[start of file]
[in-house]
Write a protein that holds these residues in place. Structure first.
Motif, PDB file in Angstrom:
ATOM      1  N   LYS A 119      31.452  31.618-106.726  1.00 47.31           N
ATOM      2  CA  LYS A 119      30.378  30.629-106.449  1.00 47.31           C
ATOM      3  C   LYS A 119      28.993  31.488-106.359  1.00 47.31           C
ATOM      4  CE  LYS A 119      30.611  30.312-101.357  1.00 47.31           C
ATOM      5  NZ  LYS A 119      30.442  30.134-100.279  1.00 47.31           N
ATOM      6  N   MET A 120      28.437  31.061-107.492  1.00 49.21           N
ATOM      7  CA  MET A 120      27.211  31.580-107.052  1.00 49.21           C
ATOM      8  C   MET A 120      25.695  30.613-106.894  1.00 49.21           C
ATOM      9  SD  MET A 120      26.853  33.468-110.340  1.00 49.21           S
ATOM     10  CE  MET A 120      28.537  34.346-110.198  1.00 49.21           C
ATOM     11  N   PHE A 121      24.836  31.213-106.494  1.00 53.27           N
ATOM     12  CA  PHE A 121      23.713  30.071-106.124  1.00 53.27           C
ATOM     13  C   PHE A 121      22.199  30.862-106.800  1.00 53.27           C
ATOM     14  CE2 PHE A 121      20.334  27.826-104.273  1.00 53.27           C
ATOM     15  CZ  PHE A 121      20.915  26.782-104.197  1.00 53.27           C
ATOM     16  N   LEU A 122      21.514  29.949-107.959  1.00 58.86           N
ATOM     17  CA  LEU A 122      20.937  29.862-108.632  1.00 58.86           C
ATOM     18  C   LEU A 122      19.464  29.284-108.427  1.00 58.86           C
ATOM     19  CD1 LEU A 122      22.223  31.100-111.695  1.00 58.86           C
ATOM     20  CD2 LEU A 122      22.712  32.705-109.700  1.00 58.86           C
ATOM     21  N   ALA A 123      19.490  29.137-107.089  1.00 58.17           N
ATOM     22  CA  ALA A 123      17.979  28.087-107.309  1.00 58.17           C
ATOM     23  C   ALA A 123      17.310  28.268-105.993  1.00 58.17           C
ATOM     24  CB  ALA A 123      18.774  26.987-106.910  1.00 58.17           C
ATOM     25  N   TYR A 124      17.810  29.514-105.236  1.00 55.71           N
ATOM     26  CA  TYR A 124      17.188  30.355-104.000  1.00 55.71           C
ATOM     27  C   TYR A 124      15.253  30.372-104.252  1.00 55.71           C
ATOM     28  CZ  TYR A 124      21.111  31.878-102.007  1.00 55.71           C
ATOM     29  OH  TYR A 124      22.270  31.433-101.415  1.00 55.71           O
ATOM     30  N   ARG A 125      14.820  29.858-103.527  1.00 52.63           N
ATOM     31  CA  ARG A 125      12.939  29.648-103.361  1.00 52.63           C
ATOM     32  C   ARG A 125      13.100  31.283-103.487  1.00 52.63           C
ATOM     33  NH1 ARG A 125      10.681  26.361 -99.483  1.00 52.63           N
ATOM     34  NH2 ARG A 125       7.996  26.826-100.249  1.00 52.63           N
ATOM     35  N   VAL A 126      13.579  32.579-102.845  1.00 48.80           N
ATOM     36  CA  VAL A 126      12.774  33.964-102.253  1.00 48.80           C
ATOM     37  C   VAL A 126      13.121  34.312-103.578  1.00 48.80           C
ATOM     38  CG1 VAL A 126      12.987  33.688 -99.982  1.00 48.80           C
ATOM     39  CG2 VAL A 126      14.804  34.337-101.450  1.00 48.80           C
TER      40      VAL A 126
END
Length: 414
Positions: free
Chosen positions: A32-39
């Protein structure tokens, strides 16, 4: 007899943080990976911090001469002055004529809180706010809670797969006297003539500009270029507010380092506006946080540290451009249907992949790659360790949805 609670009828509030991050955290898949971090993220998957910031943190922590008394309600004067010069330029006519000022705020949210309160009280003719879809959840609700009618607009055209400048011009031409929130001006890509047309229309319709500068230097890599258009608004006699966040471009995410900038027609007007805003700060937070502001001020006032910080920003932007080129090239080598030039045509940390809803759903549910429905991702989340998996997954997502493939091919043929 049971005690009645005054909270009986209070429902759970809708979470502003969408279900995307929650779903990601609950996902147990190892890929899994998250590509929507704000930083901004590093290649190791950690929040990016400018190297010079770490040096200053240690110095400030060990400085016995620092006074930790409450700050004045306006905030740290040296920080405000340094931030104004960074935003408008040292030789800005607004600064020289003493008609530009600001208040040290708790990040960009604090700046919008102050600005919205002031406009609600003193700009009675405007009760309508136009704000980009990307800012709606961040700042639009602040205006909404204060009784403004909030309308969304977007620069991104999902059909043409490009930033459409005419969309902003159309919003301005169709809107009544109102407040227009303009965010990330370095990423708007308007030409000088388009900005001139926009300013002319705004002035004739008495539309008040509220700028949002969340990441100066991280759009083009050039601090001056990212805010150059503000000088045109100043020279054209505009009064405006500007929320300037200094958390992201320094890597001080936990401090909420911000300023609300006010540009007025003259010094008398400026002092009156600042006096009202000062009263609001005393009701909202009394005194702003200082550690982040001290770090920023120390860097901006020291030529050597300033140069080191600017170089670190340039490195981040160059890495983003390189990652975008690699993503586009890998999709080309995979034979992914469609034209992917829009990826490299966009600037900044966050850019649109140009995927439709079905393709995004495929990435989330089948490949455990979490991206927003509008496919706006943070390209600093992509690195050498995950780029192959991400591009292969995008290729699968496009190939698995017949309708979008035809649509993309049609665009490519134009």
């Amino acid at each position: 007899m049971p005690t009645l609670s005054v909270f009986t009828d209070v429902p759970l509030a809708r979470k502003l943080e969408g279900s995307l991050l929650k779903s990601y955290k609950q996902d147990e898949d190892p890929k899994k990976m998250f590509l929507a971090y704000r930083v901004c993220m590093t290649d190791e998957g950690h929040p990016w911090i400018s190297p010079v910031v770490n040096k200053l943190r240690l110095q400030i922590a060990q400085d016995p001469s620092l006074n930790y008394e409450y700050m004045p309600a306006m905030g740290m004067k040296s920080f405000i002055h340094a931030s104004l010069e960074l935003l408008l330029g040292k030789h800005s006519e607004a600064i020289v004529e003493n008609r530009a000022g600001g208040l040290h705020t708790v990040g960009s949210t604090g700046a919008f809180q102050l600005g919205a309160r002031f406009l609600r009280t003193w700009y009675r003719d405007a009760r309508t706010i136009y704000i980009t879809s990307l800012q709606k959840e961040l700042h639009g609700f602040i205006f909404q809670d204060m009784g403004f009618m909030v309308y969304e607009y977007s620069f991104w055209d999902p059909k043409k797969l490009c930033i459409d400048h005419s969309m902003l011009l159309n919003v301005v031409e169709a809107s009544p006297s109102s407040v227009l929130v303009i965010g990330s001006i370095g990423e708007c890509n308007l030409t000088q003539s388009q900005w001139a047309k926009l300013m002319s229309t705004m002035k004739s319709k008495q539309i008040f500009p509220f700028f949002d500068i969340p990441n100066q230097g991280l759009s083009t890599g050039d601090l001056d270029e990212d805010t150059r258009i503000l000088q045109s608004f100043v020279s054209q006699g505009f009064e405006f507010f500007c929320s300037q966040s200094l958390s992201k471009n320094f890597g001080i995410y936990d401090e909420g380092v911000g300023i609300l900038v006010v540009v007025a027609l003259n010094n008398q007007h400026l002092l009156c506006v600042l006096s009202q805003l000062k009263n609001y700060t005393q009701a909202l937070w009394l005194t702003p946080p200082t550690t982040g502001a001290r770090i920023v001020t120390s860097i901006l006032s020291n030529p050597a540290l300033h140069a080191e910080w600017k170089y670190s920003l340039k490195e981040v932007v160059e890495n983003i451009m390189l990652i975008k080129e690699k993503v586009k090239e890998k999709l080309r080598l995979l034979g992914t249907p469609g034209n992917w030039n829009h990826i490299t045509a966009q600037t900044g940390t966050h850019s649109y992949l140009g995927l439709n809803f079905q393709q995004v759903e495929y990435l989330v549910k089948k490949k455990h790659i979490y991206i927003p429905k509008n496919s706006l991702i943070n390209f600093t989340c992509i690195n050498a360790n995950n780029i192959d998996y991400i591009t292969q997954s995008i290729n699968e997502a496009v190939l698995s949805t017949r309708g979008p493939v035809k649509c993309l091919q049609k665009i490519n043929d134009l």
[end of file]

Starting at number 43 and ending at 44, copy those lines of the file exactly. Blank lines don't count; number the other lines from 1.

TER      40      VAL A 126
END